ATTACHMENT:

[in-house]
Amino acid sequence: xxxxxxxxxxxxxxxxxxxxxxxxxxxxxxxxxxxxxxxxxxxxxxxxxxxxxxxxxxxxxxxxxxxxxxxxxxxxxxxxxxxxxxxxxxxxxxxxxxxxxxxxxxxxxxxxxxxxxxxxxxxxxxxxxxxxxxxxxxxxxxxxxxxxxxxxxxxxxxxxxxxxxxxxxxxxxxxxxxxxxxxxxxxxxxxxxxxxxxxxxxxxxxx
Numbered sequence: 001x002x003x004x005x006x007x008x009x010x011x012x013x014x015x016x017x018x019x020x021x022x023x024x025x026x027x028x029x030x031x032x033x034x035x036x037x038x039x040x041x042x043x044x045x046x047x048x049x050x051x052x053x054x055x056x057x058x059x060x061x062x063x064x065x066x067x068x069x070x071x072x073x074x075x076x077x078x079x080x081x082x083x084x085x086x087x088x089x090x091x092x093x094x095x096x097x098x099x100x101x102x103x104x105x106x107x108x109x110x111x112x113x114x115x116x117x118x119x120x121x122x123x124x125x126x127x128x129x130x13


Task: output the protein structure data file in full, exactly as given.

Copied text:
[in-house]
Amino acid sequence: xxxxxxxxxxxxxxxxxxxxxxxxxxxxxxxxxxxxxxxxxxxxxxxxxxxxxxxxxxxxxxxxxxxxxxxxxxxxxxxxxxxxxxxxxxxxxxxxxxxxxxxxxxxxxxxxxxxxxxxxxxxxxxxxxxxxxxxxxxxxxxxxxxxxxxxxxxxxxxxxxxxxxxxxxxxxxxxxxxxxxxxxxxxxxxxxxxxxxxxxxxxxxxx
Numbered sequence: 001x002x003x004x005x006x007x008x009x010x011x012x013x014x015x016x017x018x019x020x021x022x023x024x025x026x027x028x029x030x031x032x033x034x035x036x037x038x039x040x041x042x043x044x045x046x047x048x049x050x051x052x053x054x055x056x057x058x059x060x061x062x063x064x065x066x067x068x069x070x071x072x073x074x075x076x077x078x079x080x081x082x083x084x085x086x087x088x089x090x091x092x093x094x095x096x097x098x099x100x101x102x103x104x105x106x107x108x109x110x111x112x113x114x115x116x117x118x119x120x121x122x123x124x125x126x127x128x129x130x13